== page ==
Europe's human rights watchdog will investigate allegations that Kosovo rebels were involved in trafficking human organs at the end of the Kosovo War in 1999.
Kosovo leaders deny that organ trafficking occurred
The Council of Europe appointed Swiss senator Dick Marty to travel to Kosovo and prepare a report on allegations of illegal organ trafficking.
The charges that Kosovo Albanian rebels had profited from selling human organs of captured Serbians was first brought forward in the book "The Hunt: Me and the War Criminals" by Carla del Ponte, the former chief prosecutor of the war crimes tribunal in the Hague.
Del Ponte's book alleges that as many as 400 victims, most of them Serbs, were subjected to forced organ extraction. Human Rights Watch said it has collaborated del Ponte's allegations.
The Council of Europe's parliamentary assembly decided on Wednesday, June 25, that the claims merit a full investigatation.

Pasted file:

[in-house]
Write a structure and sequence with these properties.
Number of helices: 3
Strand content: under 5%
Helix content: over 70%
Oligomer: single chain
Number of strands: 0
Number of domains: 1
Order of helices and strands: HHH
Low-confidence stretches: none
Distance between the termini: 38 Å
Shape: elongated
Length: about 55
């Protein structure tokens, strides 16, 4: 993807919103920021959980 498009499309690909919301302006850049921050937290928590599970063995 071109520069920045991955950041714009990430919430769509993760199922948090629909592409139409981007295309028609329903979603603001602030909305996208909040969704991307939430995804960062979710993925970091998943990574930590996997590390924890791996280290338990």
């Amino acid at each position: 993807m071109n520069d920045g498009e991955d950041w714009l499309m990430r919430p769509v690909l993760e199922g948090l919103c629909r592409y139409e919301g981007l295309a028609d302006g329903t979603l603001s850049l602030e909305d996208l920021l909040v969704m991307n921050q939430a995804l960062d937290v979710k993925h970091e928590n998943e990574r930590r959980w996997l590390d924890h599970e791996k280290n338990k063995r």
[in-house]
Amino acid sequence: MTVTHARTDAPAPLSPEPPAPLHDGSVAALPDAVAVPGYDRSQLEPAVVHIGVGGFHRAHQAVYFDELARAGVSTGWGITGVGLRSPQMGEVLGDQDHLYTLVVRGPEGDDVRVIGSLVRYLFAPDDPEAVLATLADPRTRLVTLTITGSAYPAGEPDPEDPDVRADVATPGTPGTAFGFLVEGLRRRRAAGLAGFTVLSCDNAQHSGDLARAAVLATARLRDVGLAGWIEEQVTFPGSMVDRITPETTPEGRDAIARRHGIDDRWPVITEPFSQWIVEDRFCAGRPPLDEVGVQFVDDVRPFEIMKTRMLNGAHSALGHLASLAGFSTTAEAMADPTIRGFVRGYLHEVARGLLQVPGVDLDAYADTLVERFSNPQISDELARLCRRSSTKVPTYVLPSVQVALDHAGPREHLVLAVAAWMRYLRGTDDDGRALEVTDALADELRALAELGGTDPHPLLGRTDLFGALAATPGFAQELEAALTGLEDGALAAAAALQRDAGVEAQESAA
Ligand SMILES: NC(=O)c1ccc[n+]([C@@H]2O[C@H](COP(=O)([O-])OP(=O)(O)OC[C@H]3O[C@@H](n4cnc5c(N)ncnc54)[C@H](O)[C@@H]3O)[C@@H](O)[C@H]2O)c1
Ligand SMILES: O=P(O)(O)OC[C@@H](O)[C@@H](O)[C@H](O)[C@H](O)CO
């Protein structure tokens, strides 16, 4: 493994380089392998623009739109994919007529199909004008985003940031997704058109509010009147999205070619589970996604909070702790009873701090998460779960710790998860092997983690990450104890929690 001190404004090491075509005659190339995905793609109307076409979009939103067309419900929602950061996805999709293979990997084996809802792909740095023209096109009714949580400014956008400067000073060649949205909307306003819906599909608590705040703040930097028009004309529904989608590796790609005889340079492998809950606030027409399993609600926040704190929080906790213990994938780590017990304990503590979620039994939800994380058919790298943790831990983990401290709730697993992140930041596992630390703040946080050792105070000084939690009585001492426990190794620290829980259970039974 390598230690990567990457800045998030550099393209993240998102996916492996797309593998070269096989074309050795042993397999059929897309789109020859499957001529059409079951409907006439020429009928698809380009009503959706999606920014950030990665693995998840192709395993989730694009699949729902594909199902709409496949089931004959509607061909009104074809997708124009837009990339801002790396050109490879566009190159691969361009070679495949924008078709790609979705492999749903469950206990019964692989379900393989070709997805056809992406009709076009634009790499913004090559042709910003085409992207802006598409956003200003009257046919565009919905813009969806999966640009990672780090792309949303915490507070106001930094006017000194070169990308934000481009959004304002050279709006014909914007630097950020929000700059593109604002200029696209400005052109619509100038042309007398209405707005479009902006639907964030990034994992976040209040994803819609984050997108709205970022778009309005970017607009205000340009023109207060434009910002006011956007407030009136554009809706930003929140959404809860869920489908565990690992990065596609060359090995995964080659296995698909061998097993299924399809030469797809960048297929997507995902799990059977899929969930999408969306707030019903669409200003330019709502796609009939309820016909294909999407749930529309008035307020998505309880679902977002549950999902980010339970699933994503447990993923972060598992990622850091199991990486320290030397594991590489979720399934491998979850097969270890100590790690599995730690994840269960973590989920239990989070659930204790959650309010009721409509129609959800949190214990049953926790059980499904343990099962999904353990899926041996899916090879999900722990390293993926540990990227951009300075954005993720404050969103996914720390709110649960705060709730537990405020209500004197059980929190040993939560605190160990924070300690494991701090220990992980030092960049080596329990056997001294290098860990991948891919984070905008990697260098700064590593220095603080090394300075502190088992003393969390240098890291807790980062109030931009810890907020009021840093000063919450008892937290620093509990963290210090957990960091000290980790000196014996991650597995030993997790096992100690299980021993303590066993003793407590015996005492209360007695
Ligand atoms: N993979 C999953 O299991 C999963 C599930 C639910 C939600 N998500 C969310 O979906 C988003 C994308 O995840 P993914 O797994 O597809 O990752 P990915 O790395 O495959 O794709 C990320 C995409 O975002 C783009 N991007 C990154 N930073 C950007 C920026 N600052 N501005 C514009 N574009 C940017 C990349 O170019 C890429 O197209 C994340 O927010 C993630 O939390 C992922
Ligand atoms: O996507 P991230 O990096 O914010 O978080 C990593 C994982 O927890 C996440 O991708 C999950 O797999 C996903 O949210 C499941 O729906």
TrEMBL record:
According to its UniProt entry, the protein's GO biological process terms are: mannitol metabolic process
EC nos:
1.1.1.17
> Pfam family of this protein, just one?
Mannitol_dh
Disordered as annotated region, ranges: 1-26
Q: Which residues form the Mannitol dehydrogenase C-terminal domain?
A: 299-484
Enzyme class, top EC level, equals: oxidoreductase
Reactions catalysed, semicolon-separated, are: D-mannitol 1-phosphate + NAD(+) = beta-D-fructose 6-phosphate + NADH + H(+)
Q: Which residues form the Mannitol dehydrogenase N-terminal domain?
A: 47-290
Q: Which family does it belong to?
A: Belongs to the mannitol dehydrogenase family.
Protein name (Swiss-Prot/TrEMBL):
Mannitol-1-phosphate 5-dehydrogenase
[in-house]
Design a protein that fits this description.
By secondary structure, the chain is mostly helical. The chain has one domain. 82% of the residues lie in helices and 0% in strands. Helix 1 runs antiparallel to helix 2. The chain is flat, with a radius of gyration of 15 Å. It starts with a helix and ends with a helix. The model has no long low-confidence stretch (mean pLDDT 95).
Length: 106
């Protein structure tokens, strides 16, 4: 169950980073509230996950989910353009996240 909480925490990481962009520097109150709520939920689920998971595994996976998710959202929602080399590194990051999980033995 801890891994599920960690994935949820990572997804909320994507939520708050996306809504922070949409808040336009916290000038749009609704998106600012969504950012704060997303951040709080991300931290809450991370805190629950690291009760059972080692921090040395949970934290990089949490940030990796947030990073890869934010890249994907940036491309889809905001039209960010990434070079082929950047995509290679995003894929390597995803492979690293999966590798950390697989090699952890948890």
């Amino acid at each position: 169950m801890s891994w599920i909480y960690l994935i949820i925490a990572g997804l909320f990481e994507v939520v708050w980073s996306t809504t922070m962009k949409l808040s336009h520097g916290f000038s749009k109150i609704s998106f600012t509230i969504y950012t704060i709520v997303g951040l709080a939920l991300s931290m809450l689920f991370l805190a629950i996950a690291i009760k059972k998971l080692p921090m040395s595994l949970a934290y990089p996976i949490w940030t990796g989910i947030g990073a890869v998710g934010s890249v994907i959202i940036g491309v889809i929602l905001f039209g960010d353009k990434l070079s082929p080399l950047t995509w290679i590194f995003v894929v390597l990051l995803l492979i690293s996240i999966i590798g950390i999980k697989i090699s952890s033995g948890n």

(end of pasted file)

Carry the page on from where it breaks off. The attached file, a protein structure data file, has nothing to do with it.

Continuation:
Marty, a Swiss lawyer who became famous for investigating CIA rendition flights through Europe, was asked by the 47-nation, pan-European organization to investigate. The council did not say when Marty would travel to the region. He is also undertaking an investigation of human rights in Chechnya, Ingushetia and Dagestan on behalf of the council.
Kosovo denies charges
Albanian Foreign Minister Lulzim Basha has called the allegations "inventions and absurdities."
A senior adviser to Hashim Thaci, Kosovo's prime minister and a leading member of the Kosovo Liberation Army which is accused of benefiting from the trade, denied the allegations after del Ponte's book was published this spring.
"These are horrible things even to imagine," said Bekim Collaku. "But this is a product of (del Ponte's) imagination."